by Chaz Bufe, author of Alcoholics Anonymous: Cult or Cure?
AA is arguably America’s most sacred cow, and has been almost since it first came to public notice prior to World War II. During the more than three-quarters of a century since then, while the country was inundated in pro-AA books and newspaper and magazine articles, entire decades went by without publication of a single book critical of AA, or a single critical article in a major periodical. This has changed a bit in recent years, but public criticism of AA is still relatively rare.
AA presents alcohol abuse as an entirely personal problem, and preaches that AA always “works if you work it.” If someone goes to AA and it doesn’t work for them, they tend not to talk about it, because of the stigma attached to alcohol abuse and because they probably do believe what they heard in AA–that their problems are entirely their fault. So, they don’t talk about AA.
And there are a lot of such people: well over a million Americans are either attracted to AA or are coerced into attendance annually, and then leave almost immediately. (According to its own figures, AA’s membership has been nearly static over the last two decades, with a growth rate considerably under 1% per year.)
But you don’t hear from those repelled by AA. Rather, you hear from and about the relatively few AA successes (roughly 5% according to AA’s triennial surveys). And because AA is a “program for life,” those few successes stick around to trumpet AA as “spiritual, not religious” (though it clearly is religious, as several federal courts of appeal have ruled), and as the only approach to alcohol abuse that works (though it clearly doesn’t work–its success rate is about that of spontaneous remission).
Those AA successes also tend to be the owners/operators of almost all alcohol abuse treatment facilities in the United States. They then use their position as “experts” to promote AA and its “program.” They also found “public health” 12-step front groups, notably the National Council on Alcoholism and Drug Dependence (NCADD), to lend a scientific sheen to their promotion of AA. (The NCADD is hostile to scientifically based treatment methods with good evidence of efficacy.)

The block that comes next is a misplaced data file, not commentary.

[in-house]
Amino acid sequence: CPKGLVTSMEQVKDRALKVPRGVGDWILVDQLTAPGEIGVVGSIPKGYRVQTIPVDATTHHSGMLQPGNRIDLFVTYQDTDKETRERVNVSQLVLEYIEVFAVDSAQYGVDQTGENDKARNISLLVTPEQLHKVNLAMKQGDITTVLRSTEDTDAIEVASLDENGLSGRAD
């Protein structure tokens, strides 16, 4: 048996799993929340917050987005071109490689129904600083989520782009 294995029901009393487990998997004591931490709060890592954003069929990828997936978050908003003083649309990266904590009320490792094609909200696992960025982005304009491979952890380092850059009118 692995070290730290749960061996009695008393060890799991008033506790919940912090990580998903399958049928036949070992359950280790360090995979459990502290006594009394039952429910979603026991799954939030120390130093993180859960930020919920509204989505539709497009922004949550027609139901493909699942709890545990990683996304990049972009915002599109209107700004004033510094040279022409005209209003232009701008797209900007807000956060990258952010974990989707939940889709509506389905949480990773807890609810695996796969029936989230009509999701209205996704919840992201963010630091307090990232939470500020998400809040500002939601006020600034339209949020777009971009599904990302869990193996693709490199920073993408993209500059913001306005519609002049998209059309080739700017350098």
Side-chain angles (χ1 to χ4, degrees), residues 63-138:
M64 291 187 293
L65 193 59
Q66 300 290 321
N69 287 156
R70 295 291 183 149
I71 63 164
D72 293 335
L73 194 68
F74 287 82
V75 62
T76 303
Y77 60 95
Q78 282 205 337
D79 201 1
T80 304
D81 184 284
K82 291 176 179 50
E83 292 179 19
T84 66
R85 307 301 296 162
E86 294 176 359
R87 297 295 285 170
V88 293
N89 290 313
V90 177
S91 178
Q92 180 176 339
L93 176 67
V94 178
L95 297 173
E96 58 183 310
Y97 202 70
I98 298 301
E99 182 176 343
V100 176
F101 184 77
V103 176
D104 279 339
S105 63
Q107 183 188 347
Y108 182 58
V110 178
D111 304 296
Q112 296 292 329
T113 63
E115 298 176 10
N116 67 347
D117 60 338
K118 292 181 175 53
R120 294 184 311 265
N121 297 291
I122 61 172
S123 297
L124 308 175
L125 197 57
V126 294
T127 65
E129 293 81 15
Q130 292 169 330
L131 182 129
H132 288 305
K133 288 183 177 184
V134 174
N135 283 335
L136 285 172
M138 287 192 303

Given all this, it’s not surprising that there’s so little critical examination of AA in the corporate media. Reporters are often overworked, and sometimes lazy, so they tend to take the easy way out and report as fact the claims of 12-stepping “experts,” while doing no investigation of those claims. Beyond that, there are many 12-steppers and relatives of 12-steppers in the media who openly promote AA and attack its critics while concealing their connections to AA. (One can’t “break anonymity,” of course.)
(Even some of those from whom you’d expect better fall into this category. About fifteen years ago Bill Moyers [who has a 12-stepping son] produced Close to Home: Moyers on Addiction about alcohol abuse and alcohol treatment. It was a love letter to AA and one of the most dishonest pieces of reporting I’ve ever seen.)
So, the next time you see a glowing article on AA, or an interview with a gushing “recovering” celebrity, don’t be surprised. Just be aware that the claims of AA’s promoters are just that–claims. AA is religious, not spiritual. And its success rate is no better than the rate of spontaneous recovery–that is, AA is utterly ineffective. Not that you’ll hear much about that in the media.
- Alcoholics Anonymous does more Harm than Good
- Alternatives to AA — and Why They’re Needed
- Alcoholics Anonymous is not Effective
- Alcoholics Anonymous is Religious, not Spiritual (part 1)
- Alcoholics Anonymous is Religious, not Spiritual (part 2)